Climate crisisNepal is an agrarian mountainous country situated in the central Himalayas, with an altitude ranging from 60m to 8848m. Within this climatic range, the mountain ecosystem of Nepal nurtures around 118 ecosystems, 75 types of vegetation and 35 types of forest.
Tsewang Nuru Sherpa
Nepal is an agrarian mountainous country situated in the central Himalayas, with an altitude ranging from 60m to 8848m. Within this climatic range, the mountain ecosystem of Nepal nurtures around 118 ecosystems, 75 types of vegetation and 35 types of forest. Nepal also has 3,252 glaciers that encompass an area of 5323sq km. However, the mountains of Nepal are geographically fragile and are extremely susceptible to the profound effects of climate change. With the acceleration of climate change, Nepal could potentially be a target of its effects. The challenging land topography and poor socio-economic conditions make the country highly vulnerable to climate change. Over the years, Nepal has experienced a rise in average temperature. The temperature trends from 1975 to 2005 show an annual rise of 0.060C. Furthermore, the mean annual temperature of Nepal has been projected to increase between 1.3-3.8C by the 2060s and 1.8-5.8C by the 2090s.
The effects of extreme warming can present a number of difficulties to vulnerable communities residing in the mountainous areas of Nepal. One of the major implications of climate change is the increased possibility of GLOFs (Glacial lake Outburst Floods). The glaciers in Nepal are retreating at a rapid pace—60m annually. And if the increase in temperature surpasses 1.5C, the retreating ice could result in floods further downstream. So far, Nepal has experienced 14 GLOFs, and an additional 20 glacial lakes in Nepal have been characterised as “potentially dangerous”.
The effects of GLOFs can create other major problems, like a slump in tourism in the country. Since certain groups in Nepal are heavily dependent on tourism, disturbances can increase the rate of unemployment and eventually weaken the economic status of the country. In addition, GLOFs also pose problems in sustaining livelihood in the mountains, thus pushing groups into poverty and also causing an extinction of biodiversity. One of the major occupations of people living in the mountainous regions is agriculture. The erratic precipitation triggered by climate change can have adverse effects on agricultural productivity and even lead to famine. Due to the difficult topography, mountain regions are isolated and hard to access. These mountain communities are extremely vulnerable as it is very difficult for them to receive immediate relief in times of disaster.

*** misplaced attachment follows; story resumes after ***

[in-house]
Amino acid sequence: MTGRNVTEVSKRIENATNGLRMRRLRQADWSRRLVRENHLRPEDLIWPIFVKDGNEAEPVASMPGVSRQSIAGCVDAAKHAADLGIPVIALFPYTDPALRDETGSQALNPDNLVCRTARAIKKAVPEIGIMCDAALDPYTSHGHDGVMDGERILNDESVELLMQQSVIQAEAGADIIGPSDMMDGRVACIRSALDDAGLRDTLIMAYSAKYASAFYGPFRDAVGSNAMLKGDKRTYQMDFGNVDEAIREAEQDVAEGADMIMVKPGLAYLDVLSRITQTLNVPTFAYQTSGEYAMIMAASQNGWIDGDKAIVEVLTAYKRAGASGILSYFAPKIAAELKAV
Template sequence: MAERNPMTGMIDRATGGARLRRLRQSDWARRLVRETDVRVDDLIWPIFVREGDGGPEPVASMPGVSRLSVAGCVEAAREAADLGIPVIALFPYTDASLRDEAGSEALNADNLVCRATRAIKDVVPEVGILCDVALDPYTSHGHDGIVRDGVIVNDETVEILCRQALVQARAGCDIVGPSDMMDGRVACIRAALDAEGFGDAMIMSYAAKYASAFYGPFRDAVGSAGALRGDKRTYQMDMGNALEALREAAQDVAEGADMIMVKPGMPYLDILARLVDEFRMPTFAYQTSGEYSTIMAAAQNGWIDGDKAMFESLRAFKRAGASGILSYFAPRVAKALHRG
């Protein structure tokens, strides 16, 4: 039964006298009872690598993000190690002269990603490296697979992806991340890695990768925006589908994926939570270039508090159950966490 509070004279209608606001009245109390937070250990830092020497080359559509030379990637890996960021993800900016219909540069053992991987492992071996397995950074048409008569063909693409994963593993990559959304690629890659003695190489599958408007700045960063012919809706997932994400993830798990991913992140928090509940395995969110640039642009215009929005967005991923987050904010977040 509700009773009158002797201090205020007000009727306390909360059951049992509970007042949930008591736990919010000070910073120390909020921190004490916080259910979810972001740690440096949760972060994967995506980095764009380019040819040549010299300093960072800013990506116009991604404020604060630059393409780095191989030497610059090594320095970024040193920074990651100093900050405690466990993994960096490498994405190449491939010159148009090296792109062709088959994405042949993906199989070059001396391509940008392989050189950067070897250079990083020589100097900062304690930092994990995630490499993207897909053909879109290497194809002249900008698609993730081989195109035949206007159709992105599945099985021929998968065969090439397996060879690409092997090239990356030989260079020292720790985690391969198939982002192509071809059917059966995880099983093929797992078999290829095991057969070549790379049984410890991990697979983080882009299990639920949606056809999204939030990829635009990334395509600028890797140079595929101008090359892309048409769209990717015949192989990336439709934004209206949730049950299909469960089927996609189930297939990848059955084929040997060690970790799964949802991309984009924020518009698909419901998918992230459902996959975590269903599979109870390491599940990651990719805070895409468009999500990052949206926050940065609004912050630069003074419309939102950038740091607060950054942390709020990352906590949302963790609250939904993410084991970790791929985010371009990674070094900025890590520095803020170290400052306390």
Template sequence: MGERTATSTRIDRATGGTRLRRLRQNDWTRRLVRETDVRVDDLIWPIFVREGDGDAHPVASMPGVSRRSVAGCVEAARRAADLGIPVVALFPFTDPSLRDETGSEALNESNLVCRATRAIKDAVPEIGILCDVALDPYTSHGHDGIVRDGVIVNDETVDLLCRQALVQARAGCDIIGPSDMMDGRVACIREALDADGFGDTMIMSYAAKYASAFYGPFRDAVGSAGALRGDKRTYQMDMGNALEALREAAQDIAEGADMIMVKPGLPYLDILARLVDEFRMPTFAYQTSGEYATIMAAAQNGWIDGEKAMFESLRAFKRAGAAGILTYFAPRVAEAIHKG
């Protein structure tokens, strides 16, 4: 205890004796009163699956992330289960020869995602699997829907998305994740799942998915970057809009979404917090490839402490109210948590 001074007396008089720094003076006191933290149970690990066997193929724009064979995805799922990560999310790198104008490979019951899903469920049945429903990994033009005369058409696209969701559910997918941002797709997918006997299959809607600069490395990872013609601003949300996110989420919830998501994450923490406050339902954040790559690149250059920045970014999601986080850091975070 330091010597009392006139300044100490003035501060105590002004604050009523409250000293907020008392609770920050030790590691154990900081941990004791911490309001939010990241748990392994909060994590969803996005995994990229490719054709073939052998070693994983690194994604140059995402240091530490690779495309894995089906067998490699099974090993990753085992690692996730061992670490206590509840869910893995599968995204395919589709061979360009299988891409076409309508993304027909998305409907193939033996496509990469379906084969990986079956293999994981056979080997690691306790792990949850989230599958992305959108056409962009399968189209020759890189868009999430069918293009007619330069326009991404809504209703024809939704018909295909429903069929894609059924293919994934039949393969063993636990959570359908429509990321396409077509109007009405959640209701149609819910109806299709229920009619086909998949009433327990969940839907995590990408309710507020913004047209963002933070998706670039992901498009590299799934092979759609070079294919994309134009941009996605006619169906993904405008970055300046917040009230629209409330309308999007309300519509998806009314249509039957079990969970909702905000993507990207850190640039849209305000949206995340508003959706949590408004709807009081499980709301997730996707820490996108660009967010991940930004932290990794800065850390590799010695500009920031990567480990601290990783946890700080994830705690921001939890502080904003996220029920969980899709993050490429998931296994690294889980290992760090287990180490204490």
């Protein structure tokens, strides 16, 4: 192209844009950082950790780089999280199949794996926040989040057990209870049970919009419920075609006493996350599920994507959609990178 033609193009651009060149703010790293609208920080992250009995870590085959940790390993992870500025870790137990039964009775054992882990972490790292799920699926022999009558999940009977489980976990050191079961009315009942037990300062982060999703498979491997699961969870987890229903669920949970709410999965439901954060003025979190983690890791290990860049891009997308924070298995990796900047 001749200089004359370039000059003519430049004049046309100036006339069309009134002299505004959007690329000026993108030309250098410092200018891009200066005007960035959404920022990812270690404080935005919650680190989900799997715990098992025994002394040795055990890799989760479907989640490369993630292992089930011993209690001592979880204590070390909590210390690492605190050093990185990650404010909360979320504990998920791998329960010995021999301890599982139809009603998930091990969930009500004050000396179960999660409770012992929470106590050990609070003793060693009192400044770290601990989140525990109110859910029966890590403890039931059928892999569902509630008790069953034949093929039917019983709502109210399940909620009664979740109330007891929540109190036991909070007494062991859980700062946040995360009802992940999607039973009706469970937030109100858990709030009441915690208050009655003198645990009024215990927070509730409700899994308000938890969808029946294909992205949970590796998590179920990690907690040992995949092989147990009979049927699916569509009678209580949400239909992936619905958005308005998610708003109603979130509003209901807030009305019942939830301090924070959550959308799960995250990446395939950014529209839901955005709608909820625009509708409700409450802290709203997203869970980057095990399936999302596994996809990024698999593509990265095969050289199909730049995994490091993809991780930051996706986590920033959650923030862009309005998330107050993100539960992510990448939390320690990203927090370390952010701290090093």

Apa Sherpa, a living legend and acclaimed mountaineer, has scaled Everest a record-breaking 20 times. Sherpa was once a farmer but decided to change profession and become a mountaineer after a GLOF swept away his home and farm in 1985. According to a 2013 study on GLOFs that was published in PLOS ONE, “In the Himalayas, catastrophic risks of GLOFs have increased in recent years because most Himalayan glaciers have experienced remarkable down wasting under a warming climate”. Evidence suggests that the extreme warming of the planet and erratic rainfall can be blamed for this. The mountaineering community has been shattered by warnings from various research studies that claim that mountains like the iconic Everest may be unclimbable in the near future.
Need for policies
Despite the dangers of climate change and its effects on the mountains of Nepal, the issue of mountain environments hasn’t been adequately addressed in international policy deliberations. Active collaboration of the international community along with an immediate response to limit the increasing trend of temperature below 1.5C can ensure the successful future of the mountain ecosystem. Developing countries like Nepal should appeal to the international community to collaborate and establish a common platform to discuss mountain concerns.
On the brighter side, active participation of local communities and many local organisations like SPCC (Sagarmatha Pollution Control Committee) have geared up to strengthen the adaptive capacities of the mountain ecosystem and increase the climate resiliency of the local communities. Concerned local authoritative bodies have been active in the strict implementation of rules along with regular assessments of forest sustainability. The collaboration between locals and the Nepal Army’s engineering department has resulted in a successful construction of a controlled drainage system in the Imja lake. With the instalment of this dam, the persistent fear among locals has been alleviated. If activities such as these continue, the mountain ecosystem and the vulnerable communities in the mountainous regions can overcome the effects of climate change.
- Sherpa is a WWF Nepal Scholar on the United States Youth Advisory Council